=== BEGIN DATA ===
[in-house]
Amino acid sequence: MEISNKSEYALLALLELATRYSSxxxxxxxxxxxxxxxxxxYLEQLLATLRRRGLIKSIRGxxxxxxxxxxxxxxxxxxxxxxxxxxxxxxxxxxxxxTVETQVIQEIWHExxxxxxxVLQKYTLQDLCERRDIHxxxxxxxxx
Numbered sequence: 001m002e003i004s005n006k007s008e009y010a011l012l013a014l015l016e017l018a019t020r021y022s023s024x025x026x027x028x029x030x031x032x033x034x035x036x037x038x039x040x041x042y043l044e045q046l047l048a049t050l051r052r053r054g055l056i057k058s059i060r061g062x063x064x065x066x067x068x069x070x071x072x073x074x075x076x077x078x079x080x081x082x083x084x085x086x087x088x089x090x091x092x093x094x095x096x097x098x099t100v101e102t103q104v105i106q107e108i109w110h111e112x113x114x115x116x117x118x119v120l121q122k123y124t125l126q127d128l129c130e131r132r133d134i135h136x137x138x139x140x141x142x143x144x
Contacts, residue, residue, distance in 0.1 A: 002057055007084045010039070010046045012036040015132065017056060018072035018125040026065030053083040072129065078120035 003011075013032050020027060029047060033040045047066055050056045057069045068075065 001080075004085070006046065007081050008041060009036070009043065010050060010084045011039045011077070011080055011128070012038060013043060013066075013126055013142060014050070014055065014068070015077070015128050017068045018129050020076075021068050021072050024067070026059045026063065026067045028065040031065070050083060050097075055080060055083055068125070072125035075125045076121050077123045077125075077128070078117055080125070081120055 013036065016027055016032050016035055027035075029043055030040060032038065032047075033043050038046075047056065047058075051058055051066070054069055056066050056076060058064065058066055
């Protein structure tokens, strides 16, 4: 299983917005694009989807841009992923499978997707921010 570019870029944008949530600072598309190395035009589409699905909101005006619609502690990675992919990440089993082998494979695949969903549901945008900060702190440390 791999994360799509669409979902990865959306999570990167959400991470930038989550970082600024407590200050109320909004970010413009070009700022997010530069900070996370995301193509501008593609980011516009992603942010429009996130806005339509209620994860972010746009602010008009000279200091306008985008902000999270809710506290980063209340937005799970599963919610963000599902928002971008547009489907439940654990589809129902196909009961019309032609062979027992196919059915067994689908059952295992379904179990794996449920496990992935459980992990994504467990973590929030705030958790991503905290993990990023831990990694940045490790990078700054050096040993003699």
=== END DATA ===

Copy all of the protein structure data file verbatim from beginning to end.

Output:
[in-house]
Amino acid sequence: MEISNKSEYALLALLELATRYSSxxxxxxxxxxxxxxxxxxYLEQLLATLRRRGLIKSIRGxxxxxxxxxxxxxxxxxxxxxxxxxxxxxxxxxxxxxTVETQVIQEIWHExxxxxxxVLQKYTLQDLCERRDIHxxxxxxxxx
Numbered sequence: 001m002e003i004s005n006k007s008e009y010a011l012l013a014l015l016e017l018a019t020r021y022s023s024x025x026x027x028x029x030x031x032x033x034x035x036x037x038x039x040x041x042y043l044e045q046l047l048a049t050l051r052r053r054g055l056i057k058s059i060r061g062x063x064x065x066x067x068x069x070x071x072x073x074x075x076x077x078x079x080x081x082x083x084x085x086x087x088x089x090x091x092x093x094x095x096x097x098x099t100v101e102t103q104v105i106q107e108i109w110h111e112x113x114x115x116x117x118x119v120l121q122k123y124t125l126q127d128l129c130e131r132r133d134i135h136x137x138x139x140x141x142x143x144x
Contacts, residue, residue, distance in 0.1 A: 002057055007084045010039070010046045012036040015132065017056060018072035018125040026065030053083040072129065078120035 003011075013032050020027060029047060033040045047066055050056045057069045068075065 001080075004085070006046065007081050008041060009036070009043065010050060010084045011039045011077070011080055011128070012038060013043060013066075013126055013142060014050070014055065014068070015077070015128050017068045018129050020076075021068050021072050024067070026059045026063065026067045028065040031065070050083060050097075055080060055083055068125070072125035075125045076121050077123045077125075077128070078117055080125070081120055 013036065016027055016032050016035055027035075029043055030040060032038065032047075033043050038046075047056065047058075051058055051066070054069055056066050056076060058064065058066055
């Protein structure tokens, strides 16, 4: 299983917005694009989807841009992923499978997707921010 570019870029944008949530600072598309190395035009589409699905909101005006619609502690990675992919990440089993082998494979695949969903549901945008900060702190440390 791999994360799509669409979902990865959306999570990167959400991470930038989550970082600024407590200050109320909004970010413009070009700022997010530069900070996370995301193509501008593609980011516009992603942010429009996130806005339509209620994860972010746009602010008009000279200091306008985008902000999270809710506290980063209340937005799970599963919610963000599902928002971008547009489907439940654990589809129902196909009961019309032609062979027992196919059915067994689908059952295992379904179990794996449920496990992935459980992990994504467990973590929030705030958790991503905290993990990023831990990694940045490790990078700054050096040993003699």